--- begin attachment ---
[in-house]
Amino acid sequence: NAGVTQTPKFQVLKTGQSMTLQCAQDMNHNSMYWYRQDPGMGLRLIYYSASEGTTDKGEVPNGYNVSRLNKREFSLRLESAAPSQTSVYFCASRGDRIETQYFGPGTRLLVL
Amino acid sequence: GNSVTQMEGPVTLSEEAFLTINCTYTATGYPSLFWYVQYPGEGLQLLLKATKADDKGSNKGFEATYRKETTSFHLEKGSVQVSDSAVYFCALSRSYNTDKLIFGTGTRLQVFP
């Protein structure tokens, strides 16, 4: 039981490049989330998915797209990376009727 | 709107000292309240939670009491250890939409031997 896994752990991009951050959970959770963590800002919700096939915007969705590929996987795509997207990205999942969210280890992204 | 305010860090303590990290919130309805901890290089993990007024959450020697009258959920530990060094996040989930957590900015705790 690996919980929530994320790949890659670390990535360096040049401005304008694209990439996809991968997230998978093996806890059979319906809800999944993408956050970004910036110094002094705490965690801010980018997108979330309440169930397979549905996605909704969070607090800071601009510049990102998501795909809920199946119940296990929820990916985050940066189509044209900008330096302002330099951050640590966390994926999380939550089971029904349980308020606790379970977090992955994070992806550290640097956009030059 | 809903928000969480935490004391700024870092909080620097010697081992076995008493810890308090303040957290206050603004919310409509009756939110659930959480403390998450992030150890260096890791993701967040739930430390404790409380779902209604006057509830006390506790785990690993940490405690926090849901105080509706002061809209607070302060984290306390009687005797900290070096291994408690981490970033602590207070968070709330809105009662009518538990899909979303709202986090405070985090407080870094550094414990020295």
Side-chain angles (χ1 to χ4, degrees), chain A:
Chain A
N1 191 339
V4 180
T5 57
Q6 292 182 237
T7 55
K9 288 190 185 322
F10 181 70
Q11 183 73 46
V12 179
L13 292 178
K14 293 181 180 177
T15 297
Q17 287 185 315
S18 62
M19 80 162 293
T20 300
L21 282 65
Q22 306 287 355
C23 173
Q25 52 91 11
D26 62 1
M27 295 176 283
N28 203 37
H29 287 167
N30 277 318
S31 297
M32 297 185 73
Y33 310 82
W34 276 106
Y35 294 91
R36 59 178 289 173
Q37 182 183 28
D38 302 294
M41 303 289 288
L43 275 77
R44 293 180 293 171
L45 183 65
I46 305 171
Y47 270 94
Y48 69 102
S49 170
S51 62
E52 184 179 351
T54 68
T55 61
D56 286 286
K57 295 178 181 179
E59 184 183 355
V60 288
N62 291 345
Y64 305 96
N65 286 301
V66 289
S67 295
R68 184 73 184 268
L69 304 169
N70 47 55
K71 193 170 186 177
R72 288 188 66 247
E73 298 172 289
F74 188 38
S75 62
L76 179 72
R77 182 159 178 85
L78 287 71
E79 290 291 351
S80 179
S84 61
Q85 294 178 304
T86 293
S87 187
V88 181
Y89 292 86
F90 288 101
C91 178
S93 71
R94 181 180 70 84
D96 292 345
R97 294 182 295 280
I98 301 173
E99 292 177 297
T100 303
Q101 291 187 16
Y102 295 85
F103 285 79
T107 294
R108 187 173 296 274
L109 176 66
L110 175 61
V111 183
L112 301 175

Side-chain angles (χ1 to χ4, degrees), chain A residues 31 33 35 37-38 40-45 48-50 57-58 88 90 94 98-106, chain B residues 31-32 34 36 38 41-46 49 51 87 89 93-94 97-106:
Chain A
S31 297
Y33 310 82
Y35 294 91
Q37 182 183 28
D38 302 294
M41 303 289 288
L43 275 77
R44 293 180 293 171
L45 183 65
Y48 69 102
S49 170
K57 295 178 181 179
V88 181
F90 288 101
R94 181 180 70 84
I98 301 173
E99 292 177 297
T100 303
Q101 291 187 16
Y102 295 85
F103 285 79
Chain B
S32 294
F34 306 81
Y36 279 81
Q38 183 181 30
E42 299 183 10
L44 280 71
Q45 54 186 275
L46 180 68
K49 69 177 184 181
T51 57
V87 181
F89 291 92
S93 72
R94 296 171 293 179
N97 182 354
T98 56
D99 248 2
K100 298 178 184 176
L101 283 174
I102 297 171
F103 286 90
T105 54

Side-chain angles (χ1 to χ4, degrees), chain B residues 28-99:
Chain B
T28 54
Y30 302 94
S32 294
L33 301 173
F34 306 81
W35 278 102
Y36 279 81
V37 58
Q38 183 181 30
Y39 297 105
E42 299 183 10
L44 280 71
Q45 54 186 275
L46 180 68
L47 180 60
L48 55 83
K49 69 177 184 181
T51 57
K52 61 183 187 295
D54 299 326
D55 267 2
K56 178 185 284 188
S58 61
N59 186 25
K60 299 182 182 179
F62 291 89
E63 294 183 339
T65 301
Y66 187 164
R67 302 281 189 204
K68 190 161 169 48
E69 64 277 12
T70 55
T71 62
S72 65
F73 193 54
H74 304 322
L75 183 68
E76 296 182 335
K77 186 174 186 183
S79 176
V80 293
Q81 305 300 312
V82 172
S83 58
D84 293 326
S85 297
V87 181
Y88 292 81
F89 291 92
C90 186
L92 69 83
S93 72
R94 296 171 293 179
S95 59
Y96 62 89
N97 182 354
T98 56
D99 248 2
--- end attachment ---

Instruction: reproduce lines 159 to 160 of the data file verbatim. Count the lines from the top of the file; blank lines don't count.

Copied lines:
L46 180 68
L47 180 60